Untold stories of the CPP’s ‘Big Bang’ | Inquirer Opinion
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Untold stories of the CPP’s ‘Big Bang’

Retired Regional Trial Court (RTC) judge Soliman Santos Jr. delivers a meticulously researched challenge to the official origins of the Communist Party of the Philippines (CPP) in his book “Tigaon 1969: Untold Stories of the CPP-NPA, KM, and SDK.” Santos forces the recognition of the critical role played by the “Tigaon Five,” student activists whose pioneering work in Bicol jumpstarted the party’s expansion. His work is an act of justice and a timely reminder—as a new generation of Filipino youth continues to find a cause in the country’s communist insurgency—of the value of revisiting history to illuminate the sacrifices and complexities of revolutionary movements.

Santos presents a richly detailed and multifaceted exploration of historical events often shrouded by ideological biases and individual omissions. His work is especially valuable as it comes at a time when many contemporary Filipino youth still find cause in the country’s communist insurgency, a painful reminder of a constellation of things awry in this nation. In a social media post, Santos reported with visible regret how last Feb. 23, Hannah Jay Cesista, who passed the 2022 Bar examinations, was killed in Bilar, Bohol, together with four fellow communist rebels, in what the military claims to be an encounter.

At its core, “Tigaon 1969” disputes the long-accepted historical record of how the CPP and New People’s Army (NPA) came to be. The party’s “Big Bang”—the 1969 founding events—officially includes the early expansion efforts in Negros Oriental. Santos, however, provides robust evidence suggesting an earlier expansion team—the “Tigaon Five”—laid essential foundations in Tigaon, Camarines Sur. This was an independent initiative that was continued even after being officially scuttled by the CPP. Santos details the long discussions and debates that transpired among CPP Politburo member Ibarra Tubianosa of Sorsogon, Francisco Portem of Albay, and three Tigaon natives—Marco Baduria, Nonito Zape, and David Brucelas—as they navigated the ideological, community organizing, as well as the armed struggle issues they faced during those heady days.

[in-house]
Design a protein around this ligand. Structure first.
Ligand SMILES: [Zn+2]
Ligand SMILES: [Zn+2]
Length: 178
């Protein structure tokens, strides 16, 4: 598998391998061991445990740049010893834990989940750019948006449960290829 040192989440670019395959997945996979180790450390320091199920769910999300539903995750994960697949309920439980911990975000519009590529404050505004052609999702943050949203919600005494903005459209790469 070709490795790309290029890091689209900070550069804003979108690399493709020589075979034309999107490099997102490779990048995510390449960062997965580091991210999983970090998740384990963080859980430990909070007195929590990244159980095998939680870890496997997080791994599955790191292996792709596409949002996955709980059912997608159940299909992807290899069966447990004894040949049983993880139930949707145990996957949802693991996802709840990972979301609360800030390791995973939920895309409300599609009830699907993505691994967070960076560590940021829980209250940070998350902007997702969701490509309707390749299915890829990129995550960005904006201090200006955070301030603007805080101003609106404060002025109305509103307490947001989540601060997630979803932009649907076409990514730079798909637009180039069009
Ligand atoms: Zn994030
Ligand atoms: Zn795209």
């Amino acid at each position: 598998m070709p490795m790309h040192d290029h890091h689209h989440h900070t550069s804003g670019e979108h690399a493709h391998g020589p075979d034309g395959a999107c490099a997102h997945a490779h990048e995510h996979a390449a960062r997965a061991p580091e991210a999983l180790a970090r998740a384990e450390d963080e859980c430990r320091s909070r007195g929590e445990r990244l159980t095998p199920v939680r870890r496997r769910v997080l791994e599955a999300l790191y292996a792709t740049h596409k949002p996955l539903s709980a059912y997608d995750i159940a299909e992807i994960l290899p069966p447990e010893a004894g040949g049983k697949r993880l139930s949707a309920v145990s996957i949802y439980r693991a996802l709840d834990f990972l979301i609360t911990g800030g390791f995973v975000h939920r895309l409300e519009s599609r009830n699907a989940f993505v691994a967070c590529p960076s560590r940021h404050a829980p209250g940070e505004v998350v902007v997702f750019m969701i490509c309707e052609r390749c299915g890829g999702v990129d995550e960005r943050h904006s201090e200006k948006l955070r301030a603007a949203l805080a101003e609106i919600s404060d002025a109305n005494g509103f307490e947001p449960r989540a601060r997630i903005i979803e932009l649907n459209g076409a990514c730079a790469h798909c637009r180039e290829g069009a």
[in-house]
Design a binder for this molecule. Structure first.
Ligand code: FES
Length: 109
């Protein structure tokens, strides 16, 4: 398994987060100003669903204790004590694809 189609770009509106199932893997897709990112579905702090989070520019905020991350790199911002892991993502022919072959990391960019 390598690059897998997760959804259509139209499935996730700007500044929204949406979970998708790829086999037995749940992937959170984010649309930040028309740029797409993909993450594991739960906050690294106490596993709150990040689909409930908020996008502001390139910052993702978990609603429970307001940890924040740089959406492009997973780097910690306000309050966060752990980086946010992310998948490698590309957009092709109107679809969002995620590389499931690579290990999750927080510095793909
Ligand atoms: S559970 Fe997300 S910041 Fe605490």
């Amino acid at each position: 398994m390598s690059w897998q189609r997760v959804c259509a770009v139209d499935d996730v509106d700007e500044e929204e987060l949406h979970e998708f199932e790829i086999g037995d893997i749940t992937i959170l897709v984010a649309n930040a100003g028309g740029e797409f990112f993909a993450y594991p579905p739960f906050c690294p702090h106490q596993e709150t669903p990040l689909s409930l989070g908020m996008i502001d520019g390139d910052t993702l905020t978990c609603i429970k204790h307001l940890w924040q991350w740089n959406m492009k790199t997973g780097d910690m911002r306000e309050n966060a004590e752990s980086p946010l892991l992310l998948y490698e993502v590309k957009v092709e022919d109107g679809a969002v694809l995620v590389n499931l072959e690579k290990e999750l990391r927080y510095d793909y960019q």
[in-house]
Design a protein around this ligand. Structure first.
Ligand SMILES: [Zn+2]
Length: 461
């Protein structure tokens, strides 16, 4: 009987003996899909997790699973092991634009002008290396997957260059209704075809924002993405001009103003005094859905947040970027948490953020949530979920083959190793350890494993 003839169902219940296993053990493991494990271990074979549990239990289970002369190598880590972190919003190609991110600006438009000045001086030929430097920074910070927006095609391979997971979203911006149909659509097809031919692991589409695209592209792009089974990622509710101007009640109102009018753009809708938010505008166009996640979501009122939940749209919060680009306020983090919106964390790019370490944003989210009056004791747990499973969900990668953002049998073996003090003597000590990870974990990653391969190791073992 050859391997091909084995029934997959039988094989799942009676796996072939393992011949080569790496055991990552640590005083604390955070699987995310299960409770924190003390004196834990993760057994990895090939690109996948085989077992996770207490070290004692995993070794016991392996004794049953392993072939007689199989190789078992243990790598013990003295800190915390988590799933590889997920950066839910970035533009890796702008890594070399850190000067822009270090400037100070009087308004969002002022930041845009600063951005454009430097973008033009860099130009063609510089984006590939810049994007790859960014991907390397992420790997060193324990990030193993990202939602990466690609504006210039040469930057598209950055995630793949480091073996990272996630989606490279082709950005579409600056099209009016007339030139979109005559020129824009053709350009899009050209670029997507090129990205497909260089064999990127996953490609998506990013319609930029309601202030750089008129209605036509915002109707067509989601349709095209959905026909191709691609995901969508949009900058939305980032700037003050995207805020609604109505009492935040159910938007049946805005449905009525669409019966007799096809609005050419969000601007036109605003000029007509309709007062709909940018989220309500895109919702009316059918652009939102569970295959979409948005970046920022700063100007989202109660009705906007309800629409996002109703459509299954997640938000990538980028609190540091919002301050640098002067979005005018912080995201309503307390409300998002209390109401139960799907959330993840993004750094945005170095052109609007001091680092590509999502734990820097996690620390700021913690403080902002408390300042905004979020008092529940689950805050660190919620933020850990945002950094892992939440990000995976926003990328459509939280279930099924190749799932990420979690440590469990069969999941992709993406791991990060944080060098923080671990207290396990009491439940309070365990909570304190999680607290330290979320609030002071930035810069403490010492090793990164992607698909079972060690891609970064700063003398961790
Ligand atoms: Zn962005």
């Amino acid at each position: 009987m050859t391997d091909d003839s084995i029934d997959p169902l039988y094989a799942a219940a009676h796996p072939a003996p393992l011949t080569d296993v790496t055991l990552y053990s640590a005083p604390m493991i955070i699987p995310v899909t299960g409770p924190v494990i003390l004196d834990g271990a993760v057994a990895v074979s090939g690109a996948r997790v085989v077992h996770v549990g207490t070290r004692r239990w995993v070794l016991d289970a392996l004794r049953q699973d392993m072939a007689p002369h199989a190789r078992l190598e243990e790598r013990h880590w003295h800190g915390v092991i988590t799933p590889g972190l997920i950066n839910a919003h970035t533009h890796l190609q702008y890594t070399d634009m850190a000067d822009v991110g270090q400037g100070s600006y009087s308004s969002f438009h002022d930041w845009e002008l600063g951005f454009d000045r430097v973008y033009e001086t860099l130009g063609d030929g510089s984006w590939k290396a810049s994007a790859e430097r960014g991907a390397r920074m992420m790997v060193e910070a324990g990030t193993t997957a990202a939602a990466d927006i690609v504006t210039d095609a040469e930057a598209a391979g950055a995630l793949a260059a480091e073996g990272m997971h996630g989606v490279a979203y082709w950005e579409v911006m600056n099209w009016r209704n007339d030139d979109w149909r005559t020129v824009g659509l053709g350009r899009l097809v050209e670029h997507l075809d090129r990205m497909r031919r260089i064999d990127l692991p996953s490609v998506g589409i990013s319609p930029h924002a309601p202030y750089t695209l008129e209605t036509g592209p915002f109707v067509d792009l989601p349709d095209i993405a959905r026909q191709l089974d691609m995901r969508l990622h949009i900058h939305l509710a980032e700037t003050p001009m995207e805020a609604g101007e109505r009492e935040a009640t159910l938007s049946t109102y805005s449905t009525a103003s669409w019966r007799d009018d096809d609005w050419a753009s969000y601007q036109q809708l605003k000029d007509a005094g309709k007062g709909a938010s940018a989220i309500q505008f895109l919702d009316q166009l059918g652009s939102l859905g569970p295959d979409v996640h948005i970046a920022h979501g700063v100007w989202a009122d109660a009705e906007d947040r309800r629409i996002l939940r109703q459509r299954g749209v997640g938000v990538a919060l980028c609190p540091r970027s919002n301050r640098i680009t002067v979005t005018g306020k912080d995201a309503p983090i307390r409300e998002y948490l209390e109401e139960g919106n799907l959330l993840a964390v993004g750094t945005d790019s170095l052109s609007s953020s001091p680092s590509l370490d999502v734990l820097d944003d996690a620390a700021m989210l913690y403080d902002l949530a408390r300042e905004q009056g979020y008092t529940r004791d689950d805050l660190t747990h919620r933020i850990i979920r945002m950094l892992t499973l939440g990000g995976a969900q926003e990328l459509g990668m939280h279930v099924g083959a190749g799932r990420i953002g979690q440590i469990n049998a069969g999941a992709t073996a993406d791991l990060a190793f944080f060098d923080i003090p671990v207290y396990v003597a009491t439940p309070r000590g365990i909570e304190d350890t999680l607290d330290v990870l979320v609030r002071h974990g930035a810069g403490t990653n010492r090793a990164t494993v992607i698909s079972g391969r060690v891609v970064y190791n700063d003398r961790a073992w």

Santos’ book raises questions about why this critical piece of history was erased. CPP founder Jose Maria Sison vehemently contested Santos’ account while he was alive. This omission, whether the product of simple forgetfulness or intentional, casts light on the internal power dynamics of the communist movement and how official histories can be shaped by those in power.


The book’s appeal extends beyond those interested in the CPP’s origins. It’s a captivating story for anyone like me who lived inside the UP campus from 1968 to 1974 through the turbulent era of student activism and the subsequent martial law period. Familiar with the events and people Santos recounts, I was surprised by how little I knew about what was going on.

The CPP was the product of the painstaking recruitment, indoctrination, and mobilization of the youth. The main mechanism was the Kabataang Makabayan (KM), which, when it split and spawned the Samahan Demokratiko ng Kabataan (SDK), intensified the mobilization work as the two leftist youth organizations competed for the recruitable youth in universities. The story of this ideological youth ferment and contestation at the above ground plane of action paralleled the splits and transitions from the old Partido Komunista ng Pilipinas and the Hukbo ng Bayan to the CPP-NPA.

The fact that a work of this caliber was authored by a well-respected retired judge adds an unusual and compelling layer of authority and objectivity to its analysis. Santos served as judge (MCTC, MTC, RTC) from 2010 to 2022. He is an incredible exemplar of writing from an unassailable stance of objectivity and integrity, unafraid that, as a former member of the nat-dem movement, he will be pigeonholed and Red-tagged. He is well beyond that, the high level of probity he has demonstrated starting with his initial engagement with the peace process in the first GRP-NDFP nationwide ceasefire in 1986. He has co-edited many of these books with his wife, Paz Verdades M. Santos, now a retired literature professor at the Ateneo de Naga and the De La Salle University.

The history of the Philippines has been a history of conflicts and wars, and the least the martyrs and patriots expect is that we acknowledge the supreme sacrifices they offered for the sake of the nation, invariably leaving behind their families in deep pain.


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